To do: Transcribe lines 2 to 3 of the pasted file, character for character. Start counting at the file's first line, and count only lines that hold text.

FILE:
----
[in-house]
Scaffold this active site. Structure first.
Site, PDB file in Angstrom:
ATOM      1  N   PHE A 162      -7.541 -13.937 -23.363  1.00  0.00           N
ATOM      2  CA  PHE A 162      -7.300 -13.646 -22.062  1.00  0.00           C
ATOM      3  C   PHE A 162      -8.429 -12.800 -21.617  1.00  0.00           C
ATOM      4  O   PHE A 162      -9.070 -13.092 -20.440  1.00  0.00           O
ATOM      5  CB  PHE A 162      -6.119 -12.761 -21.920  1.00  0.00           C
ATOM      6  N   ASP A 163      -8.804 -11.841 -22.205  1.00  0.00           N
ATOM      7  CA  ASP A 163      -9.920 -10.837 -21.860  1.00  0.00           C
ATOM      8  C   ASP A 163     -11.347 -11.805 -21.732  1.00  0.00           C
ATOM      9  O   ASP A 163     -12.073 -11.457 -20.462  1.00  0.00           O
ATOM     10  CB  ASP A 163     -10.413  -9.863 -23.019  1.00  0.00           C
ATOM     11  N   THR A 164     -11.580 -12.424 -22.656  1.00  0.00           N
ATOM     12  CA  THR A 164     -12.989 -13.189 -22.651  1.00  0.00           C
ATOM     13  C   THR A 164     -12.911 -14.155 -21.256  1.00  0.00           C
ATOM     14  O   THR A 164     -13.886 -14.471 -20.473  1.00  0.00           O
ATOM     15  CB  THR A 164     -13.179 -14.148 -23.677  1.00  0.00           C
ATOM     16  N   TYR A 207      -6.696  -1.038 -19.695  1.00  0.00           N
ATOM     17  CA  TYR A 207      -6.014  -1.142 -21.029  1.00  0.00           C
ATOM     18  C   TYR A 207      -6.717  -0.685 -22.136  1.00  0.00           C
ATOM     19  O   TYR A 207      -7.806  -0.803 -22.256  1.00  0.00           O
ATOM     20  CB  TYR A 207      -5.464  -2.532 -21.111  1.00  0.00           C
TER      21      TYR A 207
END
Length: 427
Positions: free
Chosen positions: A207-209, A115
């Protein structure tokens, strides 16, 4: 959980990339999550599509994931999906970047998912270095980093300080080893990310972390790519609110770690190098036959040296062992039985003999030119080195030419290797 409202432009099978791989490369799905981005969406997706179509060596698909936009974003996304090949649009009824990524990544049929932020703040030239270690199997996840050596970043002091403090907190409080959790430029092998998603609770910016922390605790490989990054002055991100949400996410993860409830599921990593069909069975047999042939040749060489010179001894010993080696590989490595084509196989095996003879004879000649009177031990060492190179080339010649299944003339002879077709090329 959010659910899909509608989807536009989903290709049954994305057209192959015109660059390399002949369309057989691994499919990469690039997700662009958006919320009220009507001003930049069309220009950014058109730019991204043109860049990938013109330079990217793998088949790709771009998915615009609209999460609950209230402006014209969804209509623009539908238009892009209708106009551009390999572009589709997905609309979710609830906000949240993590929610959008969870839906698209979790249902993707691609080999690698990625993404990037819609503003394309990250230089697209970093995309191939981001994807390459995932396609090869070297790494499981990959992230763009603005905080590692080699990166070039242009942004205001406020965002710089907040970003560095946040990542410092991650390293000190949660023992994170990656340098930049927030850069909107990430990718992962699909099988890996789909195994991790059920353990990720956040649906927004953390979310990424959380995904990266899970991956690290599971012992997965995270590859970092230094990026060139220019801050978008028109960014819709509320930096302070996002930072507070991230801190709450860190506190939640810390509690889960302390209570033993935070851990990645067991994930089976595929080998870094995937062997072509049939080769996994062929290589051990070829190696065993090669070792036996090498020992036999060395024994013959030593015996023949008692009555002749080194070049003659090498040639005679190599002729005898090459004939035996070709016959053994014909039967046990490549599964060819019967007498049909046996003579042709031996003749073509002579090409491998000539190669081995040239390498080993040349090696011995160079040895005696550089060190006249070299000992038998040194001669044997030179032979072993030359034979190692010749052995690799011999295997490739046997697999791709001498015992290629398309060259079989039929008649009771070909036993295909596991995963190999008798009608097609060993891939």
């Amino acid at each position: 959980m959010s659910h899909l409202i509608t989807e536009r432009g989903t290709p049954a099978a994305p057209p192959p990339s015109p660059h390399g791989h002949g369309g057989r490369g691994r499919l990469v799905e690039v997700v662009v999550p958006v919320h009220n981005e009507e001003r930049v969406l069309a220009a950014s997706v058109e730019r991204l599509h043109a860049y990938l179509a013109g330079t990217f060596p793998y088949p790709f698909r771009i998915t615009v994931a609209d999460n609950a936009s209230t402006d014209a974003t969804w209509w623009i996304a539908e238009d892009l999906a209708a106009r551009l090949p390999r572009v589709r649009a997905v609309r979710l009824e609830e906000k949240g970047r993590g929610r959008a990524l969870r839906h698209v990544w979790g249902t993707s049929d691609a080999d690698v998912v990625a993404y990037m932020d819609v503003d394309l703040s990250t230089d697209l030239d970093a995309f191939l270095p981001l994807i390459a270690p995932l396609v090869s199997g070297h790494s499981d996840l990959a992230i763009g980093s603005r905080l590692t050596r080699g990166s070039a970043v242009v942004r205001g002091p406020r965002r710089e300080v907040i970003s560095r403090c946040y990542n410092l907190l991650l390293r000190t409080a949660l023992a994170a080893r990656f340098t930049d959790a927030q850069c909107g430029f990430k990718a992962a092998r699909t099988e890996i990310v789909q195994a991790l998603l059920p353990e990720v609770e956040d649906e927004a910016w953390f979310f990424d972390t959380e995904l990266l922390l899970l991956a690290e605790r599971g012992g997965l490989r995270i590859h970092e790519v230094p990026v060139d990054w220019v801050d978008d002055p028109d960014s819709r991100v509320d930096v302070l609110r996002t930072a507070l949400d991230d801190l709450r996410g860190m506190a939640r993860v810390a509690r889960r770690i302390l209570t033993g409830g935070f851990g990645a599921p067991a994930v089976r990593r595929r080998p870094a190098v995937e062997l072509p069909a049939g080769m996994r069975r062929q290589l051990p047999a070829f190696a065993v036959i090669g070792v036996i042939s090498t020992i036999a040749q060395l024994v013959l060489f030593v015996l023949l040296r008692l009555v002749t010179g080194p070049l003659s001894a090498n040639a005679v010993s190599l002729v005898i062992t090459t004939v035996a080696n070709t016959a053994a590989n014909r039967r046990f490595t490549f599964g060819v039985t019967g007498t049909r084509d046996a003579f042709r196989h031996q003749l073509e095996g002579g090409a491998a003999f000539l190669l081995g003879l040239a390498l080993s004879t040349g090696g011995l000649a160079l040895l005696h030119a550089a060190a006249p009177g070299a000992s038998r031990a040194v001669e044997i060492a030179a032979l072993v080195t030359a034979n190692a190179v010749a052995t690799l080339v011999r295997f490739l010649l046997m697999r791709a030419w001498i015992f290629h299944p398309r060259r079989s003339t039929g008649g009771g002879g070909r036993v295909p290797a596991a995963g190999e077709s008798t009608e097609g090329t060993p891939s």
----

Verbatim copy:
Scaffold this active site. Structure first.
Site, PDB file in Angstrom: